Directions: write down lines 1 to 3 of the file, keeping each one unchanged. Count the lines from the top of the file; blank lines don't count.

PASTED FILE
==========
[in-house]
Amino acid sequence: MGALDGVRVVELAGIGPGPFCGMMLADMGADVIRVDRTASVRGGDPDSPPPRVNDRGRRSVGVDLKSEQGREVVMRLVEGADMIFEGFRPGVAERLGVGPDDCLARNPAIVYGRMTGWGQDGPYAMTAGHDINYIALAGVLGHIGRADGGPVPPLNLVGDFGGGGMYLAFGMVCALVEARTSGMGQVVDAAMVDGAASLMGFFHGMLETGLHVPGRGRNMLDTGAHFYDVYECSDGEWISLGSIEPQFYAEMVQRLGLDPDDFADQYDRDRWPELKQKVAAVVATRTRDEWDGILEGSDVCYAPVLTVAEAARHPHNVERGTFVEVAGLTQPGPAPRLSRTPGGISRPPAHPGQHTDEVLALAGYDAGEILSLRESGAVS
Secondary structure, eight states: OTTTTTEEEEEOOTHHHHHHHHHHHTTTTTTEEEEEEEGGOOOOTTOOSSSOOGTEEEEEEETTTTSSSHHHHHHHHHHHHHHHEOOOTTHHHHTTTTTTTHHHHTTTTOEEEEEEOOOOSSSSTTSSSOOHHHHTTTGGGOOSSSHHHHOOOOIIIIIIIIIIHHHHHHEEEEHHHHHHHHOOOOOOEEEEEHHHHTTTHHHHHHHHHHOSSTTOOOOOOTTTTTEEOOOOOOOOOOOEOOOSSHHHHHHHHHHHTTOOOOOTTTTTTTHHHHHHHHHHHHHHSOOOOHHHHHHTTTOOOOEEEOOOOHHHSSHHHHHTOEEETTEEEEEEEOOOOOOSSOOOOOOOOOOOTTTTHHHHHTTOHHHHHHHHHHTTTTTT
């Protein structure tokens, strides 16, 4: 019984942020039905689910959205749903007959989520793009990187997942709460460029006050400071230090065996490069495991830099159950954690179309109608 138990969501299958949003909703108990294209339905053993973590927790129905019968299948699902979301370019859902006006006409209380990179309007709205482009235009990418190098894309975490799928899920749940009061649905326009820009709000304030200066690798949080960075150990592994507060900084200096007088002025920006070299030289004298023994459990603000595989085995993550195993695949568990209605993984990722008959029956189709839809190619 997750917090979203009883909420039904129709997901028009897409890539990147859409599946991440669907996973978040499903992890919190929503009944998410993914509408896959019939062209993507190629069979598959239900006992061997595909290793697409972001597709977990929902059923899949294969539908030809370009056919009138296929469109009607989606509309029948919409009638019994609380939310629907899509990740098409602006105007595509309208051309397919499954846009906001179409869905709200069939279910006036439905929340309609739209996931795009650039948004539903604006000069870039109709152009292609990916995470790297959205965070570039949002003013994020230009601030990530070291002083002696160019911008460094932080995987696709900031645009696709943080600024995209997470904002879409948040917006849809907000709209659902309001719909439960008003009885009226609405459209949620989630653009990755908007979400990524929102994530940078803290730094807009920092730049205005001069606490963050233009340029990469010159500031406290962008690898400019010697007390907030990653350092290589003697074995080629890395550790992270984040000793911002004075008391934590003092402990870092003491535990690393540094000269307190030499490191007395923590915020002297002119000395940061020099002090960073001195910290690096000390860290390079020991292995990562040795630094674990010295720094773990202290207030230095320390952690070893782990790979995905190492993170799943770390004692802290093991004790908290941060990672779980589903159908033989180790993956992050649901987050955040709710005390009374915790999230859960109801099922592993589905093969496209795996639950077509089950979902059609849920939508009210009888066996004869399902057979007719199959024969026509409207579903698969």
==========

[in-house]
Amino acid sequence: MGALDGVRVVELAGIGPGPFCGMMLADMGADVIRVDRTASVRGGDPDSPPPRVNDRGRRSVGVDLKSEQGREVVMRLVEGADMIFEGFRPGVAERLGVGPDDCLARNPAIVYGRMTGWGQDGPYAMTAGHDINYIALAGVLGHIGRADGGPVPPLNLVGDFGGGGMYLAFGMVCALVEARTSGMGQVVDAAMVDGAASLMGFFHGMLETGLHVPGRGRNMLDTGAHFYDVYECSDGEWISLGSIEPQFYAEMVQRLGLDPDDFADQYDRDRWPELKQKVAAVVATRTRDEWDGILEGSDVCYAPVLTVAEAARHPHNVERGTFVEVAGLTQPGPAPRLSRTPGGISRPPAHPGQHTDEVLALAGYDAGEILSLRESGAVS
Secondary structure, eight states: OTTTTTEEEEEOOTHHHHHHHHHHHTTTTTTEEEEEEEGGOOOOTTOOSSSOOGTEEEEEEETTTTSSSHHHHHHHHHHHHHHHEOOOTTHHHHTTTTTTTHHHHTTTTOEEEEEEOOOOSSSSTTSSSOOHHHHTTTGGGOOSSSHHHHOOOOIIIIIIIIIIHHHHHHEEEEHHHHHHHHOOOOOOEEEEEHHHHTTTHHHHHHHHHHOSSTTOOOOOOTTTTTEEOOOOOOOOOOOEOOOSSHHHHHHHHHHHTTOOOOOTTTTTTTHHHHHHHHHHHHHHSOOOOHHHHHHTTTOOOOEEEOOOOHHHSSHHHHHTOEEETTEEEEEEEOOOOOOSSOOOOOOOOOOOTTTTHHHHHTTOHHHHHHHHHHTTTTTT